Eating disorders affect more people than you think, including men...

An eating disorder is when a person has an unhealthy attitude towards food that can take over your life, to the point where it makes you ill. It can include eating too much or too little or being obsessed with weight and body shape.

Statistics published by the National Institute of Health and Clinical Excellence (NICE) indicate that as many as 1.6 million people living in the UK are affected by an eating disorder, around 10% of them are men.

Some of the warning signs that suggest someone has an eating disorder are:

  • Dramatic weight loss, possibly hidden by wearing baggy clothes
  • Lying about their weight or how much they have eaten
  • Excessive exercising
  • Avoiding eating with other people, cutting their food into small pieces, eating very slowly or frequently going to the bathroom after eating and coming back looking flushed.

http://www.talkhealthpartnership.com/talkmenshealth/further_reading/images/weight_loss.jpgThe NHS recognises the four most common forms of eating disorder as:

Anorexia nervosa - losing weight by not eating enough and/or exercising too much.

Bulimia - binge eating followed by deliberately being sick, using laxatives, restricting what you eat or over-exercising.

Binge eating disorder (BED) - losing control of your diet and eating generous portions all at once until uncomfortably full, resulting in feeling upset or guilty.

The fourth and most common category is Other Specified Feeding or Eating Disorders (OSFED) – where symptoms don’t exactly match those of the three main categories.

Eating disorders specific to men

Eating disorders for men can come about from a number of reasons:

  • A person was teased or bullied about being overweight, possibly when a child.
  • They are dieting, possibly while taking part in sport, such as body building/weight lifting, wrestling, running, horse riding or football.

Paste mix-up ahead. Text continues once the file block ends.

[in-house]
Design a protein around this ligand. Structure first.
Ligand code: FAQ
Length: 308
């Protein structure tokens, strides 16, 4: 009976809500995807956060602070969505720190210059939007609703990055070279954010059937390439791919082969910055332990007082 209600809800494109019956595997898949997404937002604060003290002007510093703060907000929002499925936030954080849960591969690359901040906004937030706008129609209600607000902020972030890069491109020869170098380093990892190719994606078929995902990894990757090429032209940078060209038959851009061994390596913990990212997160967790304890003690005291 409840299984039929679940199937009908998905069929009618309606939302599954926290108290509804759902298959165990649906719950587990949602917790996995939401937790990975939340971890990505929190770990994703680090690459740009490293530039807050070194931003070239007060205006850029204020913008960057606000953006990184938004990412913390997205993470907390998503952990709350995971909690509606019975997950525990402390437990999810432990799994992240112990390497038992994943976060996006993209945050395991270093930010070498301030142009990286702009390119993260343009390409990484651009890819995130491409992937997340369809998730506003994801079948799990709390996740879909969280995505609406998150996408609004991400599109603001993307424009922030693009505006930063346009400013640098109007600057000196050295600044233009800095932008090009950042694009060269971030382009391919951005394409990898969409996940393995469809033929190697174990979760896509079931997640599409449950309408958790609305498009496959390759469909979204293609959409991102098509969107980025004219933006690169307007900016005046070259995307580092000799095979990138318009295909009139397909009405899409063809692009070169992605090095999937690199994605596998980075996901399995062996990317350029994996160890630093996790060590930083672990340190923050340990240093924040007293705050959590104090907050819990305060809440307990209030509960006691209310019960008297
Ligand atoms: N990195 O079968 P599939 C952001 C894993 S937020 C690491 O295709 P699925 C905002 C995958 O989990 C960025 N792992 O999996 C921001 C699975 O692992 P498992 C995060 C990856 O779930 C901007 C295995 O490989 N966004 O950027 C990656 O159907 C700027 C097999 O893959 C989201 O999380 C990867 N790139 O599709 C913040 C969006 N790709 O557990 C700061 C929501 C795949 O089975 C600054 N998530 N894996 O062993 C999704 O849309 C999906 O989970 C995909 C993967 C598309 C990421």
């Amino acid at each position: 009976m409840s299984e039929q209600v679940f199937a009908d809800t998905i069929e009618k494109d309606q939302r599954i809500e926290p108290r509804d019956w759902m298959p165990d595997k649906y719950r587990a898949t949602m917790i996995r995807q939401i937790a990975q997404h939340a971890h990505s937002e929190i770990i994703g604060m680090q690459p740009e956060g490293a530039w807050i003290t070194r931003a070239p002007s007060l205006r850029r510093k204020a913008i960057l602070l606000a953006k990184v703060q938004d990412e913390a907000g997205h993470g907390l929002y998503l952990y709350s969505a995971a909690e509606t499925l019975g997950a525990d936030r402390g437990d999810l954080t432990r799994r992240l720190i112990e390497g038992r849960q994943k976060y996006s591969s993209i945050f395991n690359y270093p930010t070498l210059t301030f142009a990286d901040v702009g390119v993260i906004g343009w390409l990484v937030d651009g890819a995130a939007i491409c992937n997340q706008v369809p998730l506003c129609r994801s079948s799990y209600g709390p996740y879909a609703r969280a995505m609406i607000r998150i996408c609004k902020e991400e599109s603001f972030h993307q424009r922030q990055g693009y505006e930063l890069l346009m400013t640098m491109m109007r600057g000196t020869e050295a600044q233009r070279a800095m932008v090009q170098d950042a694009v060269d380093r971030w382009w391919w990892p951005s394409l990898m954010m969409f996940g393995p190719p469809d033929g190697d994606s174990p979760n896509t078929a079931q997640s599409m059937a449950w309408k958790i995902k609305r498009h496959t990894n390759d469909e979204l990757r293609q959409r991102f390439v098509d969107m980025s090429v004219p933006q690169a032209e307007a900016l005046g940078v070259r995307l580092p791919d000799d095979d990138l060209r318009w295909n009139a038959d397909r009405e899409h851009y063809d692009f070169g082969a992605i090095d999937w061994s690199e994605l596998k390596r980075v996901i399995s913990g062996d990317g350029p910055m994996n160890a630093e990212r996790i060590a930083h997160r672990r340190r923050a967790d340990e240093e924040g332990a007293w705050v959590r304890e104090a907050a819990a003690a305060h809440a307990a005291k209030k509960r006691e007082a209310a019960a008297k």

• Their job demands a specific body profile e.g. modelling or acting.

The Adonis Complex is one such condition, where men feel their body shape is too puny and begin exercising addictively, often taking supplements and steroids to tone their physique (Home Office figures show that the use of steroids by 16 to 24-year olds alone has quadrupled in a single year).

However, eating disorders are not limited to younger men. Data from NHS Digital indicate that the number of men aged between 41 and 60 being admitted to hospital with an eating disorder rose by 70% between 2010 and 2016.

Getting help for an eating disorder

If you are concerned that you (or someone you know) may have an eating disorder, you can discuss it with your GP, who will ask about your eating habits, how you’re feeling, your general health and weight. They may then refer you to an eating disorder specialist, who can provide details of any other support that may be relevant.

Treatment can be individual or group therapy, depending on the type of disorder.

If it is affecting your physical health, regular health checks may be needed.

Other information that may be useful includes:

Links to charities and support groups

Sources used in writing this article are available on request

Information contained in this Articles page has been written by talkhealth based on available medical evidence. Our evidence-based articles are certified by the Information Standard and our sources are available on request. The content is not, though, written by medical professionals and should never be considered a substitute for medical advice. You should always seek medical advice before changing your treatment routine. talkhealth does not endorse any specific products, brands, or treatments.

Information written by the talkhealth team

Last revised: 3 May 2018

Next review: 3 May 2021